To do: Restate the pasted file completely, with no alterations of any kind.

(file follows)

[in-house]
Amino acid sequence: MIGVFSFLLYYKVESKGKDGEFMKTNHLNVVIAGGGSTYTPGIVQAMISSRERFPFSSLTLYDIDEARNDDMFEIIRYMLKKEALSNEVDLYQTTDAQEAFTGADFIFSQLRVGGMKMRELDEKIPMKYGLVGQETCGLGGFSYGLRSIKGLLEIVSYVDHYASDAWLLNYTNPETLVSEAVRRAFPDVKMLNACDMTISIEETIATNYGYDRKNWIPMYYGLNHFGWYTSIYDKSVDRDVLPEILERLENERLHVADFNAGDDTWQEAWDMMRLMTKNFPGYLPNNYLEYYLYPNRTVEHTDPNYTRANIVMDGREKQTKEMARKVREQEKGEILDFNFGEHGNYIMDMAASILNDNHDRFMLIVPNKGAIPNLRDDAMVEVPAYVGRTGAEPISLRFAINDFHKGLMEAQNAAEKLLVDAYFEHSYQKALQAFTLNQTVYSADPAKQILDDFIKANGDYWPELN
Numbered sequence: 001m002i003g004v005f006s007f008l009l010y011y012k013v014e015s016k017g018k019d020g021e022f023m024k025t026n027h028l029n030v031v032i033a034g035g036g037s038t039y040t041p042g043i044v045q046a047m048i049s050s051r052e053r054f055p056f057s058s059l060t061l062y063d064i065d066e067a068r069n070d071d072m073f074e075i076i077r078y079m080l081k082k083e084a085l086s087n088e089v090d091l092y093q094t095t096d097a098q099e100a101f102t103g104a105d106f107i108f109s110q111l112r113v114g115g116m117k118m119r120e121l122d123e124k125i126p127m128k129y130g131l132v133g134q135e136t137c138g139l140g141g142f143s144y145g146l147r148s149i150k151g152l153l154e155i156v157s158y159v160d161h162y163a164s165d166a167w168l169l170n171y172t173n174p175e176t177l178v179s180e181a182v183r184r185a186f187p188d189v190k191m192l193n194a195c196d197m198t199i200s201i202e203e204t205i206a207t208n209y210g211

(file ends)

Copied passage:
[in-house]
Amino acid sequence: MIGVFSFLLYYKVESKGKDGEFMKTNHLNVVIAGGGSTYTPGIVQAMISSRERFPFSSLTLYDIDEARNDDMFEIIRYMLKKEALSNEVDLYQTTDAQEAFTGADFIFSQLRVGGMKMRELDEKIPMKYGLVGQETCGLGGFSYGLRSIKGLLEIVSYVDHYASDAWLLNYTNPETLVSEAVRRAFPDVKMLNACDMTISIEETIATNYGYDRKNWIPMYYGLNHFGWYTSIYDKSVDRDVLPEILERLENERLHVADFNAGDDTWQEAWDMMRLMTKNFPGYLPNNYLEYYLYPNRTVEHTDPNYTRANIVMDGREKQTKEMARKVREQEKGEILDFNFGEHGNYIMDMAASILNDNHDRFMLIVPNKGAIPNLRDDAMVEVPAYVGRTGAEPISLRFAINDFHKGLMEAQNAAEKLLVDAYFEHSYQKALQAFTLNQTVYSADPAKQILDDFIKANGDYWPELN
Numbered sequence: 001m002i003g004v005f006s007f008l009l010y011y012k013v014e015s016k017g018k019d020g021e022f023m024k025t026n027h028l029n030v031v032i033a034g035g036g037s038t039y040t041p042g043i044v045q046a047m048i049s050s051r052e053r054f055p056f057s058s059l060t061l062y063d064i065d066e067a068r069n070d071d072m073f074e075i076i077r078y079m080l081k082k083e084a085l086s087n088e089v090d091l092y093q094t095t096d097a098q099e100a101f102t103g104a105d106f107i108f109s110q111l112r113v114g115g116m117k118m119r120e121l122d123e124k125i126p127m128k129y130g131l132v133g134q135e136t137c138g139l140g141g142f143s144y145g146l147r148s149i150k151g152l153l154e155i156v157s158y159v160d161h162y163a164s165d166a167w168l169l170n171y172t173n174p175e176t177l178v179s180e181a182v183r184r185a186f187p188d189v190k191m192l193n194a195c196d197m198t199i200s201i202e203e204t205i206a207t208n209y210g211